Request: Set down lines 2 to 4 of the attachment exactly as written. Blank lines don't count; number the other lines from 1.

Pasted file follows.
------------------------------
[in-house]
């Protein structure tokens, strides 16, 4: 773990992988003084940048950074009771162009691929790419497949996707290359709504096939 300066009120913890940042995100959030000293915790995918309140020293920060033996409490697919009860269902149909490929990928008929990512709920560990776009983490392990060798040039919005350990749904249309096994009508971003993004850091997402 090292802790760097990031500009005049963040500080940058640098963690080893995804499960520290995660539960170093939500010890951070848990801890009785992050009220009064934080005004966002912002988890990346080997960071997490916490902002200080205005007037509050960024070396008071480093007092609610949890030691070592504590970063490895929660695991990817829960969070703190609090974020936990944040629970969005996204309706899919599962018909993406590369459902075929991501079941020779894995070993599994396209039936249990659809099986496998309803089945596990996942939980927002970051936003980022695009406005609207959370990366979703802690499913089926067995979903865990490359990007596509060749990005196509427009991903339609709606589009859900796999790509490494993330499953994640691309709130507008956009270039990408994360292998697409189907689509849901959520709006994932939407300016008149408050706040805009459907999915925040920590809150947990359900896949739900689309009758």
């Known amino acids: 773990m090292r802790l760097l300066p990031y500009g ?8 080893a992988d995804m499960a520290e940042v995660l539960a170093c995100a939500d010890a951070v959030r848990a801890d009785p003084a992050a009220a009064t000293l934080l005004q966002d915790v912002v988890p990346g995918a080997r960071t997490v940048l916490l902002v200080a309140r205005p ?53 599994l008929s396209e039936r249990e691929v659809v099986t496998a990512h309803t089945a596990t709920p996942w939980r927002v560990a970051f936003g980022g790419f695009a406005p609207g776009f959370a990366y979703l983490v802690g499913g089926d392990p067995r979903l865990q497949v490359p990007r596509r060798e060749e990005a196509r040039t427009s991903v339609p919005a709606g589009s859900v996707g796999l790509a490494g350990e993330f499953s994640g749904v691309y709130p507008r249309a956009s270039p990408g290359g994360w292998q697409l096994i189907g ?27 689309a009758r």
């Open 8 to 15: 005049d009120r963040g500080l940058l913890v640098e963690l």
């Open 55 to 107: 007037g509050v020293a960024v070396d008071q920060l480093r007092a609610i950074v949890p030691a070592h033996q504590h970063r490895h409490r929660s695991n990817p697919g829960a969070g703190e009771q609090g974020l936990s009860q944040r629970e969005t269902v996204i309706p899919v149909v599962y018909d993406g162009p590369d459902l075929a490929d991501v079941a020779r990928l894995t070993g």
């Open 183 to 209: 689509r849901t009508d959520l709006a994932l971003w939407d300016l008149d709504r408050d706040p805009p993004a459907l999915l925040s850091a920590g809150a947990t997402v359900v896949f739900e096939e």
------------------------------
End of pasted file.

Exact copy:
């Protein structure tokens, strides 16, 4: 773990992988003084940048950074009771162009691929790419497949996707290359709504096939 300066009120913890940042995100959030000293915790995918309140020293920060033996409490697919009860269902149909490929990928008929990512709920560990776009983490392990060798040039919005350990749904249309096994009508971003993004850091997402 090292802790760097990031500009005049963040500080940058640098963690080893995804499960520290995660539960170093939500010890951070848990801890009785992050009220009064934080005004966002912002988890990346080997960071997490916490902002200080205005007037509050960024070396008071480093007092609610949890030691070592504590970063490895929660695991990817829960969070703190609090974020936990944040629970969005996204309706899919599962018909993406590369459902075929991501079941020779894995070993599994396209039936249990659809099986496998309803089945596990996942939980927002970051936003980022695009406005609207959370990366979703802690499913089926067995979903865990490359990007596509060749990005196509427009991903339609709606589009859900796999790509490494993330499953994640691309709130507008956009270039990408994360292998697409189907689509849901959520709006994932939407300016008149408050706040805009459907999915925040920590809150947990359900896949739900689309009758």
């Known amino acids: 773990m090292r802790l760097l300066p990031y500009g ?8 080893a992988d995804m499960a520290e940042v995660l539960a170093c995100a939500d010890a951070v959030r848990a801890d009785p003084a992050a009220a009064t000293l934080l005004q966002d915790v912002v988890p990346g995918a080997r960071t997490v940048l916490l902002v200080a309140r205005p ?53 599994l008929s396209e039936r249990e691929v659809v099986t496998a990512h309803t089945a596990t709920p996942w939980r927002v560990a970051f936003g980022g790419f695009a406005p609207g776009f959370a990366y979703l983490v802690g499913g089926d392990p067995r979903l865990q497949v490359p990007r596509r060798e060749e990005a196509r040039t427009s991903v339609p919005a709606g589009s859900v996707g796999l790509a490494g350990e993330f499953s994640g749904v691309y709130p507008r249309a956009s270039p990408g290359g994360w292998q697409l096994i189907g ?27 689309a009758r």
């Open 8 to 15: 005049d009120r963040g500080l940058l913890v640098e963690l």